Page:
NAPTON ON THE HILL WEATHER

Thursday, January 31, 2013

Home Turf

Local Yellowhammer (Library Image)
Because of my recent accident I've spent more time birding at the marina than ever before and have ended up wondering why I don't spend a lot more time here!

Over the past few weeks I've increased the size of my bird feeding area and have spent a lot of time experimenting with different seeds and fruits. The results have been very interesting and I've also managed to encourage one of the local Ravens to pay the odd visit, feeding on the leftover grain I've been giving to the marina wildfowl.

Moorhen
It's just great to see the Mallards, Coots and Moorhens taking advantage of the windfall and for the first time today a couple of Yellowhammer paid a visit to the seed trays. At one time a ♀Sparrowhawk scattered the Goldfinch, Blue and Great Tits making off with one, not sure which, being mobbed as it flew by the local Corvids.

My list of visitors is already quite impressive with in addition to the above: Pied Wagtail, Long-tailed Tit, Fieldfare, Starling, Dunnock, Robin, Tree Sparrow, House Sparrow, Reed Bunting, Greenfinch, and Chaffinch. I'm now in the process of trying to attract any passing Waxwings with a temptation of dangling fruits, we live in hope!!

Finally, some better news tonight with my camera wheeling it's way back to me from repair. Delighted but a little lighter in the pocket.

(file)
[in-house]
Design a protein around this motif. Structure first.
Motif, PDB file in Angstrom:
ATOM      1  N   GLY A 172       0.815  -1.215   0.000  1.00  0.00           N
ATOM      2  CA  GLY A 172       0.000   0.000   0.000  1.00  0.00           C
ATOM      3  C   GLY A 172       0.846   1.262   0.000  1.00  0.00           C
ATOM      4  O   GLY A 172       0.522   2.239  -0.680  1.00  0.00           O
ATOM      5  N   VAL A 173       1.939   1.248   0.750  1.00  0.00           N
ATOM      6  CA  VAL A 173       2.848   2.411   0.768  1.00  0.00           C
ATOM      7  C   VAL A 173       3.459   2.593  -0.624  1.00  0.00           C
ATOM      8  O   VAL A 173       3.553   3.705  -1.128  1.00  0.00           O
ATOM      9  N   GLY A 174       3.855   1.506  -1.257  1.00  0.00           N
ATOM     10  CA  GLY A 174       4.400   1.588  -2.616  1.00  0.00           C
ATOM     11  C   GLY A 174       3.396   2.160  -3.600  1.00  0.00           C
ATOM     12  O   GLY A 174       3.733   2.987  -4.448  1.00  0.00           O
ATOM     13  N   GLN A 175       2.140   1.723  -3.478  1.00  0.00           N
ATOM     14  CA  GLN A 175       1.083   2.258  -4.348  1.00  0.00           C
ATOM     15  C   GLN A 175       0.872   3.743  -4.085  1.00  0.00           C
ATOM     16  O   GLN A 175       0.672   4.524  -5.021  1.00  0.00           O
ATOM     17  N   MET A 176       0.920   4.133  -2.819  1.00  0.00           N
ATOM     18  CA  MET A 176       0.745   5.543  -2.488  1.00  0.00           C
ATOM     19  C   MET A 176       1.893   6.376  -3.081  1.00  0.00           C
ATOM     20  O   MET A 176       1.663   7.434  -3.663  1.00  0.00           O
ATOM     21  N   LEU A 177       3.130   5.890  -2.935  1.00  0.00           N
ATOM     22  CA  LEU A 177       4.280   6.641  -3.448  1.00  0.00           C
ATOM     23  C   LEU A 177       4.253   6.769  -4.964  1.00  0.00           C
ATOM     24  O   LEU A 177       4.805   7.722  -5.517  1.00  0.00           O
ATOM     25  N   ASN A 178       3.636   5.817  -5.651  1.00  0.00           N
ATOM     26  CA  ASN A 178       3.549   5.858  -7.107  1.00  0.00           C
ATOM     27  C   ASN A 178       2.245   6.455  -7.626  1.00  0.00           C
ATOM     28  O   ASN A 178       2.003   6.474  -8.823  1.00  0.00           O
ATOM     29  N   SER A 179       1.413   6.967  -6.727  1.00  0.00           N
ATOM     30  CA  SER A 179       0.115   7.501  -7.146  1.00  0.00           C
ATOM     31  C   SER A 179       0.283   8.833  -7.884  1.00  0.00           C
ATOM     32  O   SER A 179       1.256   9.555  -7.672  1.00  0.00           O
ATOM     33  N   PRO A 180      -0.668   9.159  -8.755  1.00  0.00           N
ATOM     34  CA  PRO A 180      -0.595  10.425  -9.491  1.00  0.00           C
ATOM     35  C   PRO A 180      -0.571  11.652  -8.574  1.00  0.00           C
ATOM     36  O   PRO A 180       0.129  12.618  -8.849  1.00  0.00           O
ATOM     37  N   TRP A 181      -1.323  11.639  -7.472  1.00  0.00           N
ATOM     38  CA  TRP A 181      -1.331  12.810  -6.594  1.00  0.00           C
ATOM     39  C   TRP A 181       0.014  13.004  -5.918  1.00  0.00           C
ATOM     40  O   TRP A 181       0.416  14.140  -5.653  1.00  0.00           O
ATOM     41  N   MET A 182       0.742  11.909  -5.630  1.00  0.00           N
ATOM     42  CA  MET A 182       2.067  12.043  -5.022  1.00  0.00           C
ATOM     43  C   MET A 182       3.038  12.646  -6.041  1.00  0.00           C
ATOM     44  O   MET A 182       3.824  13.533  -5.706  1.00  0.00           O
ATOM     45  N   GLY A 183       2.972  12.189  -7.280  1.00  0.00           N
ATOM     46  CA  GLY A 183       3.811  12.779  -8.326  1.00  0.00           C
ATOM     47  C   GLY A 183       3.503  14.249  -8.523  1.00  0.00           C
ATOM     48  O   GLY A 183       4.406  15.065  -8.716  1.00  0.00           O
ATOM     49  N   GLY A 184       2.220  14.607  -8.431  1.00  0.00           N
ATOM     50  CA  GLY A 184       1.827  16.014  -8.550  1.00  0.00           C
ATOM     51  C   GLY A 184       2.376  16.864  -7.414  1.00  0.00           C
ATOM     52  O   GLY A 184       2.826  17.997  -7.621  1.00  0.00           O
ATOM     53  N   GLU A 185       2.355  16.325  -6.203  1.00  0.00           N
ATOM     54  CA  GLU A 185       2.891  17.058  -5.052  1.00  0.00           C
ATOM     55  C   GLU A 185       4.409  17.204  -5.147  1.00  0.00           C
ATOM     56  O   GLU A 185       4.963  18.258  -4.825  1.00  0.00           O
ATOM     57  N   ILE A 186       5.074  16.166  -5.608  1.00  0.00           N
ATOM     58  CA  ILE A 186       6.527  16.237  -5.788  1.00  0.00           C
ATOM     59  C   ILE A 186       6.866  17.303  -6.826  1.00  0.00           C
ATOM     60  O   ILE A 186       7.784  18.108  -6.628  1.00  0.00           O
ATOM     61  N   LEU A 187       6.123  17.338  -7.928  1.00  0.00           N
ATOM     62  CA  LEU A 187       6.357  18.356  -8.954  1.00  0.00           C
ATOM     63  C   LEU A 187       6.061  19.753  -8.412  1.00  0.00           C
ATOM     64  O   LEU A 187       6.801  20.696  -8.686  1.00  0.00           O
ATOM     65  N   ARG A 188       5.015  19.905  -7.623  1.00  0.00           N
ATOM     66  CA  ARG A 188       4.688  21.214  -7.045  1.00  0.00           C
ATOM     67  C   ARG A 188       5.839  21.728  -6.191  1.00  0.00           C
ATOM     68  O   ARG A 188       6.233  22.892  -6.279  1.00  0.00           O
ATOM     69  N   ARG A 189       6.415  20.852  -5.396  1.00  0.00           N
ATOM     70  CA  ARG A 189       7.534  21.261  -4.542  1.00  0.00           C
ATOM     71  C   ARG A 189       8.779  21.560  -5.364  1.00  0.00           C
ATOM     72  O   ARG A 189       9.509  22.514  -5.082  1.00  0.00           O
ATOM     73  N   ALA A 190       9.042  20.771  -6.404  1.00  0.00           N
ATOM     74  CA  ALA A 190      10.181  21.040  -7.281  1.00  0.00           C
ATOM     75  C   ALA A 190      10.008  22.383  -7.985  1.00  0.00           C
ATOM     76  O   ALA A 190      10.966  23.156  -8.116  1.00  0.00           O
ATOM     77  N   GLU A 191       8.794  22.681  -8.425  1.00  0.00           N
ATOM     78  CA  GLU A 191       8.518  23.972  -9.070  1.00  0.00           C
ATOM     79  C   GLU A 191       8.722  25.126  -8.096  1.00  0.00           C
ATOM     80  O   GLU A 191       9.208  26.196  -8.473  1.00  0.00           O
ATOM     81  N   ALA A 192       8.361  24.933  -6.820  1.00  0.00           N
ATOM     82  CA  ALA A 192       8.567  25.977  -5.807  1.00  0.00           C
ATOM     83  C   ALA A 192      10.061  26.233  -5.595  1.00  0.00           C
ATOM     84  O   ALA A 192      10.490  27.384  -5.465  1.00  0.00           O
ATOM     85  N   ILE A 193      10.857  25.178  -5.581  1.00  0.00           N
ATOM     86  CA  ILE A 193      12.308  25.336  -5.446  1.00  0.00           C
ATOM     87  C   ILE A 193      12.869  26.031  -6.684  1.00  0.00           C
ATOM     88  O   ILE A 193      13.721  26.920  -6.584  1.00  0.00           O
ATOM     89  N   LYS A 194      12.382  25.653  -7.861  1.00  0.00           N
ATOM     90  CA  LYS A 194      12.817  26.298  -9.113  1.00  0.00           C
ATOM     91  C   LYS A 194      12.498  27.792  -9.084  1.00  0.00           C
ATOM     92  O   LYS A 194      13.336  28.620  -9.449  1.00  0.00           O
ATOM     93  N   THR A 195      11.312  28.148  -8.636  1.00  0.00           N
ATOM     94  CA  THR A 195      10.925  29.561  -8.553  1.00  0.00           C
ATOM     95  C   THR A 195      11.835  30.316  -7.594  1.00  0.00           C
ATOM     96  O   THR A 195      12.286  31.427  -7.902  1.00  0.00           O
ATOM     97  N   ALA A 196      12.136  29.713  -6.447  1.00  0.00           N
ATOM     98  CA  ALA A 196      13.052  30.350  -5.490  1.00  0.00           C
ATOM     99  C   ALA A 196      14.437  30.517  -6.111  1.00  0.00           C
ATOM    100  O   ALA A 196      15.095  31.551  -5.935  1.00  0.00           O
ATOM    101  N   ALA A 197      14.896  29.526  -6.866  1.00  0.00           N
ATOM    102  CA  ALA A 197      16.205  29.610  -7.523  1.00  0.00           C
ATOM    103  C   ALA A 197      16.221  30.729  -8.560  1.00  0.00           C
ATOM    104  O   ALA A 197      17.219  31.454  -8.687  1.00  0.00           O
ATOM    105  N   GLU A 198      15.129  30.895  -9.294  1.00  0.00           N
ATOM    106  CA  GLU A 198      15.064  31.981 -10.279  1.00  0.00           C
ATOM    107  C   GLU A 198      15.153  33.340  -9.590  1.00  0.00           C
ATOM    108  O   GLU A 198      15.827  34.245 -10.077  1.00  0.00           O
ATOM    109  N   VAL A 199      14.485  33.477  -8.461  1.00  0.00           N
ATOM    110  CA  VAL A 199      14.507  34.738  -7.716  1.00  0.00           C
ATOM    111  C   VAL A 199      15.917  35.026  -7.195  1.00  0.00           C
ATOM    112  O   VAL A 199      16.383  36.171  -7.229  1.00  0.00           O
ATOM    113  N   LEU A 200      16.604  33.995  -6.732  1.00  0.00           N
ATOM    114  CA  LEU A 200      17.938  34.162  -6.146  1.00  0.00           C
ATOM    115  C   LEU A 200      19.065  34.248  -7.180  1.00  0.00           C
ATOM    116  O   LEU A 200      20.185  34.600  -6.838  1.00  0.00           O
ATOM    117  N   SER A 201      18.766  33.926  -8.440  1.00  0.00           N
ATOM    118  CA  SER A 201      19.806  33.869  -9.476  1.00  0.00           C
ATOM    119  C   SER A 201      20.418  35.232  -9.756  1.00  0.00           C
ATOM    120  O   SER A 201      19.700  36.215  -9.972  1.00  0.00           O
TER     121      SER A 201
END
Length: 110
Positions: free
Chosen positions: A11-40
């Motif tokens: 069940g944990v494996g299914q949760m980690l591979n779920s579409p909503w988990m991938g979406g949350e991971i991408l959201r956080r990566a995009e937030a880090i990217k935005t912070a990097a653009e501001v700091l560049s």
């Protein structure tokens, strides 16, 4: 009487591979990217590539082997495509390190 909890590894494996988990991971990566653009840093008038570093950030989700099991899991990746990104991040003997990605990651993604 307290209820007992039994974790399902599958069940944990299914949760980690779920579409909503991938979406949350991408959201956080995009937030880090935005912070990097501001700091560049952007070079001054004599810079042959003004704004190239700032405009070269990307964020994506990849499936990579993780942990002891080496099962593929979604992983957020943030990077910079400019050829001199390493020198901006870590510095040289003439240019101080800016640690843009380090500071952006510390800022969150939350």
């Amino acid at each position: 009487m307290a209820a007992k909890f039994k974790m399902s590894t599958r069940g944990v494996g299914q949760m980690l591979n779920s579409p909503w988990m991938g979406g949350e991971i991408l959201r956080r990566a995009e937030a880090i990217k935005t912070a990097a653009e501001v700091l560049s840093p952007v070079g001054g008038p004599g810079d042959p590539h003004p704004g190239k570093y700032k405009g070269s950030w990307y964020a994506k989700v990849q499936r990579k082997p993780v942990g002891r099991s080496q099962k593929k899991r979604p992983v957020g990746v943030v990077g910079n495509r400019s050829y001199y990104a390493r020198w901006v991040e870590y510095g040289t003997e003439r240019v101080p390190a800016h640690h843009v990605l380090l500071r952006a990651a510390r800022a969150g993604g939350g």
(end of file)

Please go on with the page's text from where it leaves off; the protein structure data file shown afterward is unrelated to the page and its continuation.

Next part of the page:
Wednesday, January 30, 2013

Brandon Return

Goldcrest at Brandon
A Raven in the adjacent field while topping up the feeders at the marina before I headed off to Brandon Marsh for my first visit in over three weeks.

On arrival I took a slow stroll through New Hare Covert but the wind howling away through the trees made birding quite difficult, the only species of note Goldcrest & Treecreeper. As I emerged near the golf course I managed ten minutes with Phil the greens keeper who was busy clearing up after several Moles had encroached onto one of his greens. A real source of information is Phil and still insisting on telling me the story of a 'Big Cat' seen several times and apparently still roaming the area and more recently making short work of a Muntjac on hole 16! But I'll save that story for another time.

During my visit I took the opportunity to check out a couple of areas I know where Otters cut through to individual pools and it looks as though there is still activity at Brandon with fresh spraint found in two of these areas, so well worth keeping a look out.

Willow Tit
The surprise of the day was while chatting to Bob Lee near Central Marsh Pool. As we were watching a small group of Lesser Redpoll in the surrounding Alders a Pipistrelle Bat came whizzing over our heads, obviously displaced from it's hibernation and very rarely seen during the winter months and particularly in the daytime.